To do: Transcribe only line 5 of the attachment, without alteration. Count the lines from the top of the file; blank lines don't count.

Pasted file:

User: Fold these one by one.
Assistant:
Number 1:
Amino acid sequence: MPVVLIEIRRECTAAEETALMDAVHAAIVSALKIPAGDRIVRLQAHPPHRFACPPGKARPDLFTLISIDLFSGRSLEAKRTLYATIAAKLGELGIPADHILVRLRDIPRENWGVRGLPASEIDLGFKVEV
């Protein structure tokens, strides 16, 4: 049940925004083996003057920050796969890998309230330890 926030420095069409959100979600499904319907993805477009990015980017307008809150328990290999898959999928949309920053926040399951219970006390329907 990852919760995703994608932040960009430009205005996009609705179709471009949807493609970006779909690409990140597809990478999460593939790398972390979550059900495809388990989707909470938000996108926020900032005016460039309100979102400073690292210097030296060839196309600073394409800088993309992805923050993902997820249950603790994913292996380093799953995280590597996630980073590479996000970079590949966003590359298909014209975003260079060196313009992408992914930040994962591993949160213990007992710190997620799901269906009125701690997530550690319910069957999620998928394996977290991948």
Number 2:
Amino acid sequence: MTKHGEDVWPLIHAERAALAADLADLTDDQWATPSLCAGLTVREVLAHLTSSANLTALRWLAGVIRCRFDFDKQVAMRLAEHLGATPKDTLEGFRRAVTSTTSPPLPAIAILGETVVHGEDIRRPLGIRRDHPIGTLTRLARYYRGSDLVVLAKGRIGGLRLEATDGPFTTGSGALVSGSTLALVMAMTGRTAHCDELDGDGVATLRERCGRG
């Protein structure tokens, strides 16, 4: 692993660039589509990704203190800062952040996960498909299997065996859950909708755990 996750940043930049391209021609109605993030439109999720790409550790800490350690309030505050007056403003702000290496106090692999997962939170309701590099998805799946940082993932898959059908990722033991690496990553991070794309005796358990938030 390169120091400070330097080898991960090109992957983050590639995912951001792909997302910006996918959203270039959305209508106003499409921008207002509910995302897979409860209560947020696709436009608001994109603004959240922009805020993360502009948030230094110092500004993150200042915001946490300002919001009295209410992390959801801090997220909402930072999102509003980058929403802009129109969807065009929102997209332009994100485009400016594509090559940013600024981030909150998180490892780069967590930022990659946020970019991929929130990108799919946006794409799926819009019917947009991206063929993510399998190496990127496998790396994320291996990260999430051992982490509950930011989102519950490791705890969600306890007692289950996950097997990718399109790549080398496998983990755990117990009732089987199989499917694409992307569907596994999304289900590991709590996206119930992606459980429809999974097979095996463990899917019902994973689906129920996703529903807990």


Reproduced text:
């Protein structure tokens, strides 16, 4: 049940925004083996003057920050796969890998309230330890 926030420095069409959100979600499904319907993805477009990015980017307008809150328990290999898959999928949309920053926040399951219970006390329907 990852919760995703994608932040960009430009205005996009609705179709471009949807493609970006779909690409990140597809990478999460593939790398972390979550059900495809388990989707909470938000996108926020900032005016460039309100979102400073690292210097030296060839196309600073394409800088993309992805923050993902997820249950603790994913292996380093799953995280590597996630980073590479996000970079590949966003590359298909014209975003260079060196313009992408992914930040994962591993949160213990007992710190997620799901269906009125701690997530550690319910069957999620998928394996977290991948």